Orthopedic Surgeons & Their Patients Clamor for the Establishment of a National Joint Registry

By Ruth Folger Weiss

A few months after undergoing routine hip replacements, a number of patients of  a well known LA orthopedic surgeon started suffering from excruciating pains. The surgeon, Dr. Lawrence Dorr, was stymied until he discovered one factor they all had in common; the same replacement joint, manufactured by Zimmer Holdings, was implanted in all of them. Several needed to have their replacement replaced in another bout of surgery. When Zimmer was first contacted about this problem, they just brushed it off. It took a year of more complaints and pressure from doctors until they pulled this device off the market. In the interim many more patients unknowingly had their joints replaced with a faulty Zimmer “Durom Cup” with crippling results.

This upsetting scenario could have been avoided, and many patients could have been spared the agony, if the U.S. would have a Joint Registry in place. A Joint Registry is a national database that tracks the well being of patients with artificial hips and knees. Countries such as Australia, Britain, Norway and Sweden have such a system in place and the benefits are numerous. Tracking the success rates of the different joints available results in the faulty ones being pulled from the market much quicker. The registry data puts pressure on manufacturers to explain why their products perform poorly and the registry alerts surgeon to stop using flawed joints.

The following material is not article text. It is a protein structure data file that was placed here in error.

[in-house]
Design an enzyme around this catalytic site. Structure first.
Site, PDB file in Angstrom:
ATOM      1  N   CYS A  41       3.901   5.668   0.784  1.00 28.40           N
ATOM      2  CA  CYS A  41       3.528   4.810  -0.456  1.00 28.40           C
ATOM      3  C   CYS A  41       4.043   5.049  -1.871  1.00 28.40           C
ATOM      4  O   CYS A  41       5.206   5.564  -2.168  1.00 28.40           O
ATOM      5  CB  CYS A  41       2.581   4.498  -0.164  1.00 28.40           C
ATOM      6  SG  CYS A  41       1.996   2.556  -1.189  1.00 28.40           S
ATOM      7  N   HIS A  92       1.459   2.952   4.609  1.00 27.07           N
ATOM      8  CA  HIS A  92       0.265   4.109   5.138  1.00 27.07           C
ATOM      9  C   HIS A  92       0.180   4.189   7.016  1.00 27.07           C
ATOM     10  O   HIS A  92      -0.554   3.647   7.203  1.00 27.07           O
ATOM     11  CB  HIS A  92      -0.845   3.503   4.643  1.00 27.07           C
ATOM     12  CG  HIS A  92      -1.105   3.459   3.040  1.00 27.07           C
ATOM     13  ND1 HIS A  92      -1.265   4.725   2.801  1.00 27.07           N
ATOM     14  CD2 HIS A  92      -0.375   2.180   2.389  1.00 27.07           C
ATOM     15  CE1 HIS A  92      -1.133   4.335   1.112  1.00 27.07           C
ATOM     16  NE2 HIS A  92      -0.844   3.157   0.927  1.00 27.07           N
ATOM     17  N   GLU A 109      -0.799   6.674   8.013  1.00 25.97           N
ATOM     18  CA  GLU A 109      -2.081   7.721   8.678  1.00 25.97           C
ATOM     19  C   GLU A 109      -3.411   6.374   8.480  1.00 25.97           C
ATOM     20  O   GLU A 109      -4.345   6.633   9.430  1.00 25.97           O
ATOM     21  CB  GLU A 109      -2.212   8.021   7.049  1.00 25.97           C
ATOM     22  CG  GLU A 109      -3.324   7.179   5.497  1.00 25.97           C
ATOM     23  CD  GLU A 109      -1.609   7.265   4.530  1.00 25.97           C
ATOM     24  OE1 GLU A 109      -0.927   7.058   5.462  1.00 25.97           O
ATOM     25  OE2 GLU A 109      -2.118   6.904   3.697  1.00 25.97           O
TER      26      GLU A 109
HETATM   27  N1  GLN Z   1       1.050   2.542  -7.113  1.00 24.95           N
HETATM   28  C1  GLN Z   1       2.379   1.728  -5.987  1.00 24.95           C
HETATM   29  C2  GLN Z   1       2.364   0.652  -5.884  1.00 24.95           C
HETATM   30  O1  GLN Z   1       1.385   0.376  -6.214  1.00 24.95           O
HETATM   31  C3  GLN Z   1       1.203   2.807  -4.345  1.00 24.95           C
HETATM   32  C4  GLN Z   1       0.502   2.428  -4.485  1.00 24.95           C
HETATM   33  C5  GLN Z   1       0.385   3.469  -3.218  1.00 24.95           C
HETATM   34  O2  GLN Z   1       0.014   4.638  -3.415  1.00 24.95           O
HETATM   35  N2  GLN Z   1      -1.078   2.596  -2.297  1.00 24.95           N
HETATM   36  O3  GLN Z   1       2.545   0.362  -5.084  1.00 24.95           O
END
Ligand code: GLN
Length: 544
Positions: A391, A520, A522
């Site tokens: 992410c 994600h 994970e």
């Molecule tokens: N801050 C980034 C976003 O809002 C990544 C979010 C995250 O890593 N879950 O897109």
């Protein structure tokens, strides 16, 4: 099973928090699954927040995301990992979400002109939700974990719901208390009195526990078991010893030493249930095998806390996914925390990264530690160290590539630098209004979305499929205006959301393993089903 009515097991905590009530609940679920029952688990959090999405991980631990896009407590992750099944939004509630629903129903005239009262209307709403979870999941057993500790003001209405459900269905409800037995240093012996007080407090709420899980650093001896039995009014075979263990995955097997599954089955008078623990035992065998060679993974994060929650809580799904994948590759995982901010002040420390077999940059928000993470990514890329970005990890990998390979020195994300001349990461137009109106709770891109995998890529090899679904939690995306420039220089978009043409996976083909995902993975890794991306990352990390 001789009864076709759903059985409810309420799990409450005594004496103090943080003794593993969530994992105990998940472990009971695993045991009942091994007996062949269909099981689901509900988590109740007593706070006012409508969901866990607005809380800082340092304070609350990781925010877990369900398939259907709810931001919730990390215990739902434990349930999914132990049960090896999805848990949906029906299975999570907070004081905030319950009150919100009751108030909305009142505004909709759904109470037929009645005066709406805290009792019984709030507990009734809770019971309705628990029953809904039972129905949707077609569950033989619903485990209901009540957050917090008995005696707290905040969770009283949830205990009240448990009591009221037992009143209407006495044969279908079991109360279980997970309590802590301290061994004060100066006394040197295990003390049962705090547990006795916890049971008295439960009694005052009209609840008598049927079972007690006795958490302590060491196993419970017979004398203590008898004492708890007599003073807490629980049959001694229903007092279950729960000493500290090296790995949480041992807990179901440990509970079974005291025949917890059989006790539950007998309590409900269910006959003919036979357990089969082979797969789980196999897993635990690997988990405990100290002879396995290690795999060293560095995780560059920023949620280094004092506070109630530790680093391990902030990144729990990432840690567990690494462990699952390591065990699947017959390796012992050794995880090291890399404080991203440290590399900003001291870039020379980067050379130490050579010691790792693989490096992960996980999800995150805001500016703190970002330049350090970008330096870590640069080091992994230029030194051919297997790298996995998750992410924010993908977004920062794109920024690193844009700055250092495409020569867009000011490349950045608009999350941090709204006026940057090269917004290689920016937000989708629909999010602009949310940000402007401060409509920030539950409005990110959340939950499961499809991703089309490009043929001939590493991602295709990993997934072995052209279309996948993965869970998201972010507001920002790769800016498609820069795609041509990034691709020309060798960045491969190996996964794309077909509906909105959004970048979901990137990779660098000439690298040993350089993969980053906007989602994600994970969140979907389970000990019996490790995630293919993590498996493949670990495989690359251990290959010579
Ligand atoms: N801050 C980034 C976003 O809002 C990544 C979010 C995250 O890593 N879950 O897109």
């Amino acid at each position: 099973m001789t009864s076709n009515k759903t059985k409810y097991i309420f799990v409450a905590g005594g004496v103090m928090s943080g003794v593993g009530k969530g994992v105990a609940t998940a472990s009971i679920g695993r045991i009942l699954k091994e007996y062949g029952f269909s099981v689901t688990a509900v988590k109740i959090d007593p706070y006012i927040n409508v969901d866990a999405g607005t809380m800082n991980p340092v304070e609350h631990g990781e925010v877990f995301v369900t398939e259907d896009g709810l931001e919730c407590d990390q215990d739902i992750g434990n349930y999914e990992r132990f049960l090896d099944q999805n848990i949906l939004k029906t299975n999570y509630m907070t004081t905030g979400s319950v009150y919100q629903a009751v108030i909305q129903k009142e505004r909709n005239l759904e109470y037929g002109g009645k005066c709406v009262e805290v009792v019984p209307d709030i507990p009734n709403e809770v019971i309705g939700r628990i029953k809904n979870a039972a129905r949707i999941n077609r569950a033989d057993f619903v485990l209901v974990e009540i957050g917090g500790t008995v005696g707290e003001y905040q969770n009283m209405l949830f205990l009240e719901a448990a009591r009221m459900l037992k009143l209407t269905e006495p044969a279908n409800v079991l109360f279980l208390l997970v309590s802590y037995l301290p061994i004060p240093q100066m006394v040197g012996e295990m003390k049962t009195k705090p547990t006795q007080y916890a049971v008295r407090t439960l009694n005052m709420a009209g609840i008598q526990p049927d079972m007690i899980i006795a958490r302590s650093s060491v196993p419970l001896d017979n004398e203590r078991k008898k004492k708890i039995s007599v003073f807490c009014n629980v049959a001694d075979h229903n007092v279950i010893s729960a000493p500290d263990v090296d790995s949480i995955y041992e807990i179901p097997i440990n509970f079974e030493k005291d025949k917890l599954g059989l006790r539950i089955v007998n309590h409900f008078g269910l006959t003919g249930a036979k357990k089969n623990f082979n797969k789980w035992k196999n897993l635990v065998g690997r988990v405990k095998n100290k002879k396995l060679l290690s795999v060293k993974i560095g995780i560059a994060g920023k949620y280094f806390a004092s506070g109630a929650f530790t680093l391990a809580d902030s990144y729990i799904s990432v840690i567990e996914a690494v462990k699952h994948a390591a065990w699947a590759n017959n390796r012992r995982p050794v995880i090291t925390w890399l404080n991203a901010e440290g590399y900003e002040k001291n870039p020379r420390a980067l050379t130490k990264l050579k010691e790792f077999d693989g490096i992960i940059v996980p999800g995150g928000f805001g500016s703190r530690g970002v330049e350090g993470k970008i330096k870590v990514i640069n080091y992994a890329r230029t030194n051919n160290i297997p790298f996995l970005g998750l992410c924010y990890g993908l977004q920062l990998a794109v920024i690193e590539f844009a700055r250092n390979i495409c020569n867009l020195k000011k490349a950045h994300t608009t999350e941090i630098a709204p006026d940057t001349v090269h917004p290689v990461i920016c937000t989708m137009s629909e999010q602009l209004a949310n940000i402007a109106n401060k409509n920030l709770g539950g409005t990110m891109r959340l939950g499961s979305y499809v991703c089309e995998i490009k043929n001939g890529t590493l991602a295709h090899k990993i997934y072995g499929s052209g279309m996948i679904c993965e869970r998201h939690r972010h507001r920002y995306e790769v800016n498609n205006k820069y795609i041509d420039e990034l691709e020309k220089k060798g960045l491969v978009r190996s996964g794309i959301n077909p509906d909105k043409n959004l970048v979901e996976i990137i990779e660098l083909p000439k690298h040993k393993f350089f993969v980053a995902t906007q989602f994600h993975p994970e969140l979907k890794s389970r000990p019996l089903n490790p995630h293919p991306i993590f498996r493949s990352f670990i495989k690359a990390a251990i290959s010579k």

Monitoring devices like artificial joints supposedly falls under the domain of the The Food and Drug Administration but they are often overwhelmed by the vast number of products it monitors and because doctors often do not report problems.

Nearly one million hips and knees were replaced in the U.S. alone last year, about half of the world’s total. As the world’s leader in joint replacement, the U.S. should take the initiative and be the leader in follow-up too.  So far all efforts to establish a database here have failed due to the many hurdles, financial and practical, of our fragmented and decentralized health care system, as well as a lack of support from Medicare.

30. July 2008 by Ruth Folger Weiss
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